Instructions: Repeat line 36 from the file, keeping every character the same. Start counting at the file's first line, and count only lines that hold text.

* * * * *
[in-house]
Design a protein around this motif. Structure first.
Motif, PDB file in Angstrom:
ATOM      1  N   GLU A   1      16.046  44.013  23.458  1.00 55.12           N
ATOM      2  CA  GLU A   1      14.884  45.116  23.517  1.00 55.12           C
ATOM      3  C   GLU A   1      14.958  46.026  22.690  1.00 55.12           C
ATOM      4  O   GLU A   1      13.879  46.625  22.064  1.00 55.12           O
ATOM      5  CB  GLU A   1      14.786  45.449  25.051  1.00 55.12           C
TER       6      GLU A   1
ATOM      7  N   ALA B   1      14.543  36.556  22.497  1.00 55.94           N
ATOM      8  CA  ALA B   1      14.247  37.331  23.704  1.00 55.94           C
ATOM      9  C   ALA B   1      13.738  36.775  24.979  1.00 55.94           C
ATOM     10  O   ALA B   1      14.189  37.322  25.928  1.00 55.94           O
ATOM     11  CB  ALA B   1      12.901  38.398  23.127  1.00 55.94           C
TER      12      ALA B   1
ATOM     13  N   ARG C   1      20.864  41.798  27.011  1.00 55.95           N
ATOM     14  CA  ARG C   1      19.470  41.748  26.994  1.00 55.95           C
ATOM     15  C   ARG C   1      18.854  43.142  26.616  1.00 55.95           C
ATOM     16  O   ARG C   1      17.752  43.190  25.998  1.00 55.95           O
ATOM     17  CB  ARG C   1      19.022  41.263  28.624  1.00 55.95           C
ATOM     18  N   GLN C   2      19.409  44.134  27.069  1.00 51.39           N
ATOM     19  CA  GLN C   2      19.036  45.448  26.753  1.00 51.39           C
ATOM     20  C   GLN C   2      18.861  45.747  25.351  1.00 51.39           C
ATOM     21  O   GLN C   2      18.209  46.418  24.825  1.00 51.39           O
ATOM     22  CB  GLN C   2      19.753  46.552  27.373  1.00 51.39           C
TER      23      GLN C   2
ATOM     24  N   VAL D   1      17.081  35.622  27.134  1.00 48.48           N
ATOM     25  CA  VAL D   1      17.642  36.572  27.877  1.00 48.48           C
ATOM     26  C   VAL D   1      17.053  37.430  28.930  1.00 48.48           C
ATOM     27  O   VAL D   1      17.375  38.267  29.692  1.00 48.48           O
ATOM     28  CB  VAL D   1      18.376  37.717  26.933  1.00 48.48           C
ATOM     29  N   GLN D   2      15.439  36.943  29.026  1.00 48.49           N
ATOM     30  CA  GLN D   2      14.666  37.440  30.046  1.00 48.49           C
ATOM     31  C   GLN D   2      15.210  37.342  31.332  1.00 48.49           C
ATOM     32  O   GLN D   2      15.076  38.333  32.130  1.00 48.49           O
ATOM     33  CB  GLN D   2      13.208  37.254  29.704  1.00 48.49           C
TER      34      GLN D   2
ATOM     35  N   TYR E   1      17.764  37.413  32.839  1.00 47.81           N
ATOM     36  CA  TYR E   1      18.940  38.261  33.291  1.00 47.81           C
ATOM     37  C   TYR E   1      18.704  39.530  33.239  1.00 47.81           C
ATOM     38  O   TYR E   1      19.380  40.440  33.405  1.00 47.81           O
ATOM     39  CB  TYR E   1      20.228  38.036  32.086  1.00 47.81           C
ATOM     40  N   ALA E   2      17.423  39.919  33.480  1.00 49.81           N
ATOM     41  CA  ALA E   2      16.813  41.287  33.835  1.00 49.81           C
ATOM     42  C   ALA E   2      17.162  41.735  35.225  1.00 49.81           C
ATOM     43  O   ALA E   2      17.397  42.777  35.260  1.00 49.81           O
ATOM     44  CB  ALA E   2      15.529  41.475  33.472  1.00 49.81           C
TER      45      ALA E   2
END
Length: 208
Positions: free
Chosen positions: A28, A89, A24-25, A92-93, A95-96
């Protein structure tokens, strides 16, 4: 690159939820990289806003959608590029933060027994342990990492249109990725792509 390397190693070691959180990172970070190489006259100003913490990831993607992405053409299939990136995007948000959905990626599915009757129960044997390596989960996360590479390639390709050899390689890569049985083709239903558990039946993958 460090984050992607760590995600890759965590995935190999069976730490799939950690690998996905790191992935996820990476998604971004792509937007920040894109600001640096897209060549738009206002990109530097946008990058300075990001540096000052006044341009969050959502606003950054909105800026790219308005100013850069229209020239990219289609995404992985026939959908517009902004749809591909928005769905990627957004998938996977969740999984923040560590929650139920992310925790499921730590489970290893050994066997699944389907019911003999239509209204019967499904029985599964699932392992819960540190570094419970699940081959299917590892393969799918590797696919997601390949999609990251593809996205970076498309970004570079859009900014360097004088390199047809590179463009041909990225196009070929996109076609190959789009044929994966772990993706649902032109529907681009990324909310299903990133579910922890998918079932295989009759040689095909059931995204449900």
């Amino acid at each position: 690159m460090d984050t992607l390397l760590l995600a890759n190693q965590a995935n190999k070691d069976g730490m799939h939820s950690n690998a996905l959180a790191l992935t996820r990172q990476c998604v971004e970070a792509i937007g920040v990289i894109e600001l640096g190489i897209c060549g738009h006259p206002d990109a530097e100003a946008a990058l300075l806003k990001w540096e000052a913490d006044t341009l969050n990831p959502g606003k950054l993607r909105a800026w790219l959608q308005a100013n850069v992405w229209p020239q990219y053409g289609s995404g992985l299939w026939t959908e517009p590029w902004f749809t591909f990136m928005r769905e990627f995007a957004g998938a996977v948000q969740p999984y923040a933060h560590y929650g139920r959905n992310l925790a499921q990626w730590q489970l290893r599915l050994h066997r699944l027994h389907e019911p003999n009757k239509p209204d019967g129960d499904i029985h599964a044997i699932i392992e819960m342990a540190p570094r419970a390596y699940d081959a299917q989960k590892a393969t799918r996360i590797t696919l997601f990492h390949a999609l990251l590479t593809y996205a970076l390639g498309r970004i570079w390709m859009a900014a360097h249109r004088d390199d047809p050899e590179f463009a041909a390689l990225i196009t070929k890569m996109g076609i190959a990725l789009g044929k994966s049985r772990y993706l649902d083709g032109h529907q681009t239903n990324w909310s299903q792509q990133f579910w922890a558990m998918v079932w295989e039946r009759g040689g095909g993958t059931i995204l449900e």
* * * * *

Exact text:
ATOM     33  CB  GLN D   2      13.208  37.254  29.704  1.00 48.49           C